Charles was signed by the Boston Braves in 1952 and spent the remainder of the ‘50s in their farm system, blocked by future Hall of Famer Eddie Mathews manning the hot corner for the parent club. In December of 1961, the Braves included Charles in a five-player deal with KC, sending Joe Azcue, Manny Jimenez and Charles to the Athletics for Lou Klimchock and Bob Shaw (ironically also future Mets).

With the Mets, Glider enjoyed a positive year in ‘68, batting .276 in 117 games, 15 homers and 76 RBIs.

Under Gil Hodges’ leadership, Charles fell into a platoon with Wayne Garret in those years, and his 1969 production – at the age of 36 – may not seem impressive on paper (61 games, .207, 3 homers, 18 RBIs), and his World Series numbers also lackluster – just two hits in 15 at-bats – but he was there when you needed him most, and you can say he saved Game 2, the first World Series game ever won by the franchise.

With Game 1 already in the books for the big, bad, heavily favored Baltimore Orioles, the Mets were leading 2-1 in the ninth at Memorial Stadium in Baltimore. But with two outs, Frank Robinson walked. Earl Weaver sent Merv Rettenmund to pinch-run with the potential tying run. Boog Powell walked as the potential winning run. Hodges goes to the bullpen and brings in his closer, future Doctor Ron Taylor.

Up steps future Hall of Famer Brooks Robinson. Brooksie bangs a hard smash to his counterpart at third, The Glider, who comes up with it cleanly, and who fires to first for the game and the World Series win.

The rest, as they say, is historic. The Mets took the next three games and made landing on the Moon just one of the many amazing headlines of 1969.

Ever meet someone who made you feel like a lifelong friend within moments of meeting them? That was Ed Charles.

RIP, Glider.


P.S. It’s no coincidence David Wright wears number 5 as a Met. Growing up in Virginia as a Mets fan, Wright knew Charles wore number 5. The longtime Mets third baseman, still attempting a comeback from spinal stenosis, always acknowledges wearing 5 as tribute to Ed.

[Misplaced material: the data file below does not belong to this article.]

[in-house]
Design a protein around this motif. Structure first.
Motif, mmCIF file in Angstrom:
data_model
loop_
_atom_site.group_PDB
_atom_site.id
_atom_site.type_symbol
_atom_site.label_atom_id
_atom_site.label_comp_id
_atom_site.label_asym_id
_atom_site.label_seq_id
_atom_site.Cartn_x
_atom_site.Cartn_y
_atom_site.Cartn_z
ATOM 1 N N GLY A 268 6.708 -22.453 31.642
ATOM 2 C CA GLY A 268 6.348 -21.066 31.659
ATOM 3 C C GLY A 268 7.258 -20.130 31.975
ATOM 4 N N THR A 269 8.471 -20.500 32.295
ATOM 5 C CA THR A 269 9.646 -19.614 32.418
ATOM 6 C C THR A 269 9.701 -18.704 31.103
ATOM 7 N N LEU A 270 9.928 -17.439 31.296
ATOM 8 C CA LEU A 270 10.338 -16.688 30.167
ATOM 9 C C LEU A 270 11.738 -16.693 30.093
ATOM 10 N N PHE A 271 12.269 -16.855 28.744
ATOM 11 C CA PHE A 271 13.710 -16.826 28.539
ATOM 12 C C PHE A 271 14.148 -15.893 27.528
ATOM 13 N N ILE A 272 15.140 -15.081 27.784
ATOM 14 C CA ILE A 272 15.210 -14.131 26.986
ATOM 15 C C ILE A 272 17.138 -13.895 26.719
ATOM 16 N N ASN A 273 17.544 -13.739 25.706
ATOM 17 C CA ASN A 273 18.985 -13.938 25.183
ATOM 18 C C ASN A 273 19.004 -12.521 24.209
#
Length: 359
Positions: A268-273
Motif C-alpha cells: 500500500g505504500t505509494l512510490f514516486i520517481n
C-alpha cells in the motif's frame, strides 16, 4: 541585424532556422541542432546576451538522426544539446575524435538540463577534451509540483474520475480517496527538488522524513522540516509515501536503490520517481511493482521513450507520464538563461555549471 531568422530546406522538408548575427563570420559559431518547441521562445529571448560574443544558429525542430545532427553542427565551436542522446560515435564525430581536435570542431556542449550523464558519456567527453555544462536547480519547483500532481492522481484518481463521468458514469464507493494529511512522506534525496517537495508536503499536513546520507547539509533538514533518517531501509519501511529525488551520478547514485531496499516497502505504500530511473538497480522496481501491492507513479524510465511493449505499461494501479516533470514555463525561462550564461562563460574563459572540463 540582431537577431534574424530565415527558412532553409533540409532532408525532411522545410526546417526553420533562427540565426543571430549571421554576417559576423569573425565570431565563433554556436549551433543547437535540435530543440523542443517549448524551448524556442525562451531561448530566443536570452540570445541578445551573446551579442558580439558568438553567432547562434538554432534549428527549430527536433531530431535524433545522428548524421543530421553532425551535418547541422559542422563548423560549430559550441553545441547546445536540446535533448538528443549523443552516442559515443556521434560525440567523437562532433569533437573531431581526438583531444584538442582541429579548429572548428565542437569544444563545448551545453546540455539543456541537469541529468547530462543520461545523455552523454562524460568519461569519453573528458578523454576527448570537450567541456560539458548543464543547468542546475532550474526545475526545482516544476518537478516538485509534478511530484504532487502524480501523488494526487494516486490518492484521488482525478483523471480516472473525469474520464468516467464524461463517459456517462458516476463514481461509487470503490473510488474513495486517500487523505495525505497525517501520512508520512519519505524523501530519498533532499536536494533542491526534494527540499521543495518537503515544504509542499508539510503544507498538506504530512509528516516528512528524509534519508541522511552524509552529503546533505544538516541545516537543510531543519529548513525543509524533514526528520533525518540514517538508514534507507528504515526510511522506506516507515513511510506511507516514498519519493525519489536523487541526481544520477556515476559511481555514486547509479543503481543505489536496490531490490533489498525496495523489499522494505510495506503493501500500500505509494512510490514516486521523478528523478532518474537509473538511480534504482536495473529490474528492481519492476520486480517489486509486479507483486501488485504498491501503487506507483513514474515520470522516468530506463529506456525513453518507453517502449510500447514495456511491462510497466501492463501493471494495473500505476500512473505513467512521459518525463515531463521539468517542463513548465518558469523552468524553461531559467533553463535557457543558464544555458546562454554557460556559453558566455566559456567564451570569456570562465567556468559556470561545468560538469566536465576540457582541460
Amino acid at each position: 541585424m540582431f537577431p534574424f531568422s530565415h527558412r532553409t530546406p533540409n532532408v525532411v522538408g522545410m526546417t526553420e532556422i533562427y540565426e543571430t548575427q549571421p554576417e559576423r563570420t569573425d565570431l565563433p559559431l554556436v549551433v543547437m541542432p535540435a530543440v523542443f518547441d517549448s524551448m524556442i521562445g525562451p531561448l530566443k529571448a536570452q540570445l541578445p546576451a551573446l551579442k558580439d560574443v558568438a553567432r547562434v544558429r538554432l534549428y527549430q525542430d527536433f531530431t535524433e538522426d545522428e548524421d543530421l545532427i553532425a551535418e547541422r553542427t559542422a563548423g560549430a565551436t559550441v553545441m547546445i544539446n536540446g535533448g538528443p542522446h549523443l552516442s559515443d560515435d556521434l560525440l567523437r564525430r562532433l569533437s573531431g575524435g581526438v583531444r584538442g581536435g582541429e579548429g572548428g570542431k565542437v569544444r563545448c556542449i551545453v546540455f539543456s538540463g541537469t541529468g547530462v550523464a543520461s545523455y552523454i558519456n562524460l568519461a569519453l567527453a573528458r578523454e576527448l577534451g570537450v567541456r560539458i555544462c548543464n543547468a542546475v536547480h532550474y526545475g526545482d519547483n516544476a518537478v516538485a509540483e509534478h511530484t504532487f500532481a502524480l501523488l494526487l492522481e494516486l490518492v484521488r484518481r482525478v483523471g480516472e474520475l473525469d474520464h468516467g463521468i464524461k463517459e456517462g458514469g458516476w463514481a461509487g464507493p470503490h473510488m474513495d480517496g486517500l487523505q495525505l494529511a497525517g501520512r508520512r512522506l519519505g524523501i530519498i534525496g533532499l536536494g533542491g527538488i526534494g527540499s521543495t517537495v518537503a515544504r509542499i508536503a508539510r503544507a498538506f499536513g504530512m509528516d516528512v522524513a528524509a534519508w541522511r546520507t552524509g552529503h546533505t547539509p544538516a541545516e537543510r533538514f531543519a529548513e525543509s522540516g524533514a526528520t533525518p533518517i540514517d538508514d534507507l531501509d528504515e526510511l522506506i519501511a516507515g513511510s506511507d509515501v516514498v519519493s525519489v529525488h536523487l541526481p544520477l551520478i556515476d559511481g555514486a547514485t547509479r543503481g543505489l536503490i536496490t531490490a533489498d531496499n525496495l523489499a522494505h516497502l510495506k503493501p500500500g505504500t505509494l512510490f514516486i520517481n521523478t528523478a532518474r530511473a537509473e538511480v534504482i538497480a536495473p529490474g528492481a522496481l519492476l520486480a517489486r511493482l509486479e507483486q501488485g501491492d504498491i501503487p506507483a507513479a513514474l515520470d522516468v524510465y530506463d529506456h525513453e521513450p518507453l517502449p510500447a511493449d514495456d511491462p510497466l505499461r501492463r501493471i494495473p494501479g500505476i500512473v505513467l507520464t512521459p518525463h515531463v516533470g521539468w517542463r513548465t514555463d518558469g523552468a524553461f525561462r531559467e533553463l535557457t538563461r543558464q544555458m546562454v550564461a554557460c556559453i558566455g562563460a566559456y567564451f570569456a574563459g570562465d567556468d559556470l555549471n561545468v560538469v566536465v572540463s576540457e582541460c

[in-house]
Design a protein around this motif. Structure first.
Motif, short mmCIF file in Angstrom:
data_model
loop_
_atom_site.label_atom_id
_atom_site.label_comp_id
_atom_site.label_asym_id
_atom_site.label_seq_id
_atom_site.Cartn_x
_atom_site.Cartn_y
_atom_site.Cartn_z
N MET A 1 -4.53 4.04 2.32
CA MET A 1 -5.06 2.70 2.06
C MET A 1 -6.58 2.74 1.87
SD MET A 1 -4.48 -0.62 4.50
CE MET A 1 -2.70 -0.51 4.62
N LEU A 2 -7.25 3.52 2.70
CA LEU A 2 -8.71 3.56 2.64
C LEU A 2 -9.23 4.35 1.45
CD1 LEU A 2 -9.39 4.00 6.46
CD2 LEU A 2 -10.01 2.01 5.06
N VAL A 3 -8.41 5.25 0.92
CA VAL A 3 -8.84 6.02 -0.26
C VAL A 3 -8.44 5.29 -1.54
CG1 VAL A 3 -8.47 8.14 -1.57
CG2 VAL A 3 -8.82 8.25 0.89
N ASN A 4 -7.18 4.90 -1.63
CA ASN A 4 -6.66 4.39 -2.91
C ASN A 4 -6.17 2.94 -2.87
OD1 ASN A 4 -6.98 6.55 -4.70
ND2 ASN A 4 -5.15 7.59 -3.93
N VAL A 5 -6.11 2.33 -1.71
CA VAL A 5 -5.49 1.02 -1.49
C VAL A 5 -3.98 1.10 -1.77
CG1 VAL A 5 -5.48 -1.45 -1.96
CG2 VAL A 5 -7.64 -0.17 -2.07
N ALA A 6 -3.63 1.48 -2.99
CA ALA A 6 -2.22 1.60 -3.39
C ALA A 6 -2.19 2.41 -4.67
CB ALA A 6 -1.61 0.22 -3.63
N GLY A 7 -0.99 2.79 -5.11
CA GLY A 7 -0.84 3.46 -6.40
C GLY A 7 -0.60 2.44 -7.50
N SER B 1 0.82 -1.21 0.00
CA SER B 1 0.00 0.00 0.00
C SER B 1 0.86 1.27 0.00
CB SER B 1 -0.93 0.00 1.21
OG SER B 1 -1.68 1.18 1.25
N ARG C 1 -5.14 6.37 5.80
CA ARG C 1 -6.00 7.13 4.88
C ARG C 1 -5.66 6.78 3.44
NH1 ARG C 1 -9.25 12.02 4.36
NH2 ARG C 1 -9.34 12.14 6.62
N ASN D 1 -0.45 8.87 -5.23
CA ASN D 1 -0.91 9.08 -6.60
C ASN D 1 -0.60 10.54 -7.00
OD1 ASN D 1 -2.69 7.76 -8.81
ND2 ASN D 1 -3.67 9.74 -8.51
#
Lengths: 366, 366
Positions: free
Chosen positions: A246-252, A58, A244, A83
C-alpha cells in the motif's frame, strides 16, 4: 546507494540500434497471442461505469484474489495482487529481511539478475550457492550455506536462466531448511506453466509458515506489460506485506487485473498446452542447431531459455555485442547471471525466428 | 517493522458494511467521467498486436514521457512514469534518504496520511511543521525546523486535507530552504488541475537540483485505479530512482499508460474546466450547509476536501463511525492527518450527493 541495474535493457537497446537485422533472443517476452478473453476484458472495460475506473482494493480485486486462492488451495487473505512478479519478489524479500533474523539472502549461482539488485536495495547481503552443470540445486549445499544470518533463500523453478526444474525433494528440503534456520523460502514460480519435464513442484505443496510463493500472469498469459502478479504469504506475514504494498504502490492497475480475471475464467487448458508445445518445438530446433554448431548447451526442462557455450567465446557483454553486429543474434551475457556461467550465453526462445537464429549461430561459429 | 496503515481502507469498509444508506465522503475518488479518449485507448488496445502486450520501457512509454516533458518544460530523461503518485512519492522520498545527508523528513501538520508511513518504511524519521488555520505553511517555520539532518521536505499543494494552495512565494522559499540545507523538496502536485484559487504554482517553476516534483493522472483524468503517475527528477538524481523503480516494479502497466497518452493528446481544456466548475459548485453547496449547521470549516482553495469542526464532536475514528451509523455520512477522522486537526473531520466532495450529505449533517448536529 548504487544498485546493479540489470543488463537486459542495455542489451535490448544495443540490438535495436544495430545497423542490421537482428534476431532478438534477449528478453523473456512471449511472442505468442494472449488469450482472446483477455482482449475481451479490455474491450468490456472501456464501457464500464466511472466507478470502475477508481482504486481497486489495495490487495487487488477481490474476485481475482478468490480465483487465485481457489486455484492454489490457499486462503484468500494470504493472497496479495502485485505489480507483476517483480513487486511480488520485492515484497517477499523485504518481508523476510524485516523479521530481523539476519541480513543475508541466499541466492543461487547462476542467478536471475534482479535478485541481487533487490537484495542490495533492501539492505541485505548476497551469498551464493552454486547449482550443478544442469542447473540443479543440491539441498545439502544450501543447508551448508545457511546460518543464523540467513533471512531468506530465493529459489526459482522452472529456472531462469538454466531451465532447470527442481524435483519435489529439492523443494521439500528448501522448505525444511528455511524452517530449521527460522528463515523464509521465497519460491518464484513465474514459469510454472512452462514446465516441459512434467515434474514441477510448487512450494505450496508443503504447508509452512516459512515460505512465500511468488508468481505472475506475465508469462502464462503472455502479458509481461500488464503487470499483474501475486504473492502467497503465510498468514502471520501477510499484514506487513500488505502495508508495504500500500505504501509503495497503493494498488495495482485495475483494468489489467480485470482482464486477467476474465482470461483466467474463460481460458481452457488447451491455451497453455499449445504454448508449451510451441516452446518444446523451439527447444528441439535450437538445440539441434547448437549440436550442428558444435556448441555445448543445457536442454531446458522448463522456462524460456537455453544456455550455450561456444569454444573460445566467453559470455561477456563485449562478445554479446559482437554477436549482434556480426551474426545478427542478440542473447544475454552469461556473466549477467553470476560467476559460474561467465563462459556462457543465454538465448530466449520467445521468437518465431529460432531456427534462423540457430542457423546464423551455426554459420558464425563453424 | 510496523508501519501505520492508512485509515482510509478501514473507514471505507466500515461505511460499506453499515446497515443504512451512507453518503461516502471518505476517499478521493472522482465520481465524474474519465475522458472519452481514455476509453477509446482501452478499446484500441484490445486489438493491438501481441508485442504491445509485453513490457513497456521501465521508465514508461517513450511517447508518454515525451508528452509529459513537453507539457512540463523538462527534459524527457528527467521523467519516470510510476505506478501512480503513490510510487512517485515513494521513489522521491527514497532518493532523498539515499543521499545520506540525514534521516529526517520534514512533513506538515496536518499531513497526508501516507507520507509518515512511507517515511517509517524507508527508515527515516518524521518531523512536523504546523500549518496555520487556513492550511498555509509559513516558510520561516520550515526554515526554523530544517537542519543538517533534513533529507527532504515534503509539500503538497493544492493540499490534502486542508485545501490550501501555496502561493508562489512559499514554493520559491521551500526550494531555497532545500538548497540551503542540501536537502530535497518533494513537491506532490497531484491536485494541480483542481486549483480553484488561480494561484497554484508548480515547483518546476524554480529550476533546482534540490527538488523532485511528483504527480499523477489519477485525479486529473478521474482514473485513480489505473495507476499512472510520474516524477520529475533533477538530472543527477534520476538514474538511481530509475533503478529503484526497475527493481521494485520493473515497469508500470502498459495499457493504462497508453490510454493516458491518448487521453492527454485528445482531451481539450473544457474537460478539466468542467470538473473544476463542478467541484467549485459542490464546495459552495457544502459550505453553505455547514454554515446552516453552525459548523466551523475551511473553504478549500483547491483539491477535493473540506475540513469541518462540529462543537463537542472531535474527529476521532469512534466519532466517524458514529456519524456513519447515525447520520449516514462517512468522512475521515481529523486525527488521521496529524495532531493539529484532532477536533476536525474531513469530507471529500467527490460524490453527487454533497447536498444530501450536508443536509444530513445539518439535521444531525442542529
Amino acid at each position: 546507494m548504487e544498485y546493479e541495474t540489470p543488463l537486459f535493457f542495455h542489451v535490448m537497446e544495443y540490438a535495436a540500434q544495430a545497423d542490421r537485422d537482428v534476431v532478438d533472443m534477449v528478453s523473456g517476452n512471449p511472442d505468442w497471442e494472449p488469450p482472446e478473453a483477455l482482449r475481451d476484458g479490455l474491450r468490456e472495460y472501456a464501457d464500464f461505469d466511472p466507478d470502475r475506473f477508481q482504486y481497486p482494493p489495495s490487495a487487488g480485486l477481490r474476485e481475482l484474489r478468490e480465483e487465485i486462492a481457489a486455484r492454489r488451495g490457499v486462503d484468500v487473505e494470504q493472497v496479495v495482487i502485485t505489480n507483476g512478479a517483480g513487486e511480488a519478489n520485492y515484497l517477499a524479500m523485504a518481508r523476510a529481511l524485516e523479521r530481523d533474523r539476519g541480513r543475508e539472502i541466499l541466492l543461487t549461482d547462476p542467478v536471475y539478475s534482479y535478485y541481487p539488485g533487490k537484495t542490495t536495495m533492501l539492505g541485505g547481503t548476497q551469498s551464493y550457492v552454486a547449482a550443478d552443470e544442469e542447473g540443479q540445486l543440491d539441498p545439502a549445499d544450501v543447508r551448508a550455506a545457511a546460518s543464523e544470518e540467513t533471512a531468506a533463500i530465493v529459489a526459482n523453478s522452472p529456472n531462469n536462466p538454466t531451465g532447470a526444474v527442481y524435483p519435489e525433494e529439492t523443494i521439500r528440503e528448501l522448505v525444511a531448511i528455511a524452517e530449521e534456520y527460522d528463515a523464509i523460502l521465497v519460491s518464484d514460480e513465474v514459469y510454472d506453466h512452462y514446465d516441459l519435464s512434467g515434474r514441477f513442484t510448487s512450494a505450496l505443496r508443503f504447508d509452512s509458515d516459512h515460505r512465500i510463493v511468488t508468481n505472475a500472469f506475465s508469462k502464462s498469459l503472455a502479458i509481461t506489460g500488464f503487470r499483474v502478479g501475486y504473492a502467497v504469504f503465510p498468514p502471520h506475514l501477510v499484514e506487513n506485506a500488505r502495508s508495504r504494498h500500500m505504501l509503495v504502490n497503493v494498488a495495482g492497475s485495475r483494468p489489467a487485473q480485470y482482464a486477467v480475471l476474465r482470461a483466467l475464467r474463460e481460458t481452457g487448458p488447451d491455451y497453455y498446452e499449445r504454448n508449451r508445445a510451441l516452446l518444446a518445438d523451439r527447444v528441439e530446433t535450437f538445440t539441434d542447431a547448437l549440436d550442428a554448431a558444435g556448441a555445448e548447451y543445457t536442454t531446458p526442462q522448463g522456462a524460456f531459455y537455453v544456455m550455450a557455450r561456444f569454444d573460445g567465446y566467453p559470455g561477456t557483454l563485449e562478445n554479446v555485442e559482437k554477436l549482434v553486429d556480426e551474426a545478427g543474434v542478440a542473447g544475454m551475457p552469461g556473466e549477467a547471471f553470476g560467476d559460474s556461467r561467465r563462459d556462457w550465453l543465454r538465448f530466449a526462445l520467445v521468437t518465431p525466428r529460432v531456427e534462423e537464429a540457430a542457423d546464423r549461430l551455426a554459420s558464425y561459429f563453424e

Excerpts from Ed Charles, NY Mets Poet Laureate

by Ed Charles

Author of my talents only you have I praised.
To thee only shall my hands be raised.
For when I was burdened with the weight of my team,
To my rescue you came it always did seem.

For outstanding was my play on any given day,
When you intervened to help lead the way.
Grateful to you I shall always be,
For exploiting my talents for the world to see.

In search of a place with other sports greats,
In the “Halls of Fame” where ability rates.
Where DiMaggio, Clemente, Robinson and the rest,
Stand proudly enshrined among baseball’s best.

So guide me dear author for the competition is keen.
And I too might fall like others I’ve seen.
For many are the performers, yet few reach the top.
But with you leading the way, I cannot be stopped.



by Ed Charles

He accepted the challenge and played the game,
With a passion that few men possessed.
He stood tall in the face of society’s shame,
With a talent that God had blessed.

He opened up opportunities that never existed
For the likes of you and me.
This man from Georgia courageously assisted
In the dawning of a new era for thee.

Thanks, Jackie wherever you are.
You will always be our first “super star.”
For history shall record and eternally proclaim
Your great deeds in its Hall of Fame.